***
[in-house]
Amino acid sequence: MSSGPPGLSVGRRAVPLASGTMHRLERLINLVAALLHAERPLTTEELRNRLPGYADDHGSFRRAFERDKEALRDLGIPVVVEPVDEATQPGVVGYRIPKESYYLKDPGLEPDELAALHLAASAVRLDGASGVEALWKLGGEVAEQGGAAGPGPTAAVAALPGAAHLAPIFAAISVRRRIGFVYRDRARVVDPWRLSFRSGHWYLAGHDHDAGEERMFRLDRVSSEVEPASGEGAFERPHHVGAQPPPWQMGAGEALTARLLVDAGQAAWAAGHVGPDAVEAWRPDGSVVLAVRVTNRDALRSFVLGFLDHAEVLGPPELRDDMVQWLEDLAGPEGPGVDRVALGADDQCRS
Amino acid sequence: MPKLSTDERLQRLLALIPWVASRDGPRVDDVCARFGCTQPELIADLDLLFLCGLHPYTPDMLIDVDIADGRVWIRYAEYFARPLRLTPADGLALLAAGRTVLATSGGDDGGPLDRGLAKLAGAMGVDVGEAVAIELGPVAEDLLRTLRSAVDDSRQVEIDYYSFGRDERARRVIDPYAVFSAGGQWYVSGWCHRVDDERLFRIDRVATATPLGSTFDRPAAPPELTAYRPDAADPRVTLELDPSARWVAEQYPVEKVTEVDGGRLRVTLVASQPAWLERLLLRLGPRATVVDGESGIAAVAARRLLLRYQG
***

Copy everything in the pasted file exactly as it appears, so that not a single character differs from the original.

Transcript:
[in-house]
Amino acid sequence: MSSGPPGLSVGRRAVPLASGTMHRLERLINLVAALLHAERPLTTEELRNRLPGYADDHGSFRRAFERDKEALRDLGIPVVVEPVDEATQPGVVGYRIPKESYYLKDPGLEPDELAALHLAASAVRLDGASGVEALWKLGGEVAEQGGAAGPGPTAAVAALPGAAHLAPIFAAISVRRRIGFVYRDRARVVDPWRLSFRSGHWYLAGHDHDAGEERMFRLDRVSSEVEPASGEGAFERPHHVGAQPPPWQMGAGEALTARLLVDAGQAAWAAGHVGPDAVEAWRPDGSVVLAVRVTNRDALRSFVLGFLDHAEVLGPPELRDDMVQWLEDLAGPEGPGVDRVALGADDQCRS
Amino acid sequence: MPKLSTDERLQRLLALIPWVASRDGPRVDDVCARFGCTQPELIADLDLLFLCGLHPYTPDMLIDVDIADGRVWIRYAEYFARPLRLTPADGLALLAAGRTVLATSGGDDGGPLDRGLAKLAGAMGVDVGEAVAIELGPVAEDLLRTLRSAVDDSRQVEIDYYSFGRDERARRVIDPYAVFSAGGQWYVSGWCHRVDDERLFRIDRVATATPLGSTFDRPAAPPELTAYRPDAADPRVTLELDPSARWVAEQYPVEKVTEVDGGRLRVTLVASQPAWLERLLLRLGPRATVVDGESGIAAVAARRLLLRYQG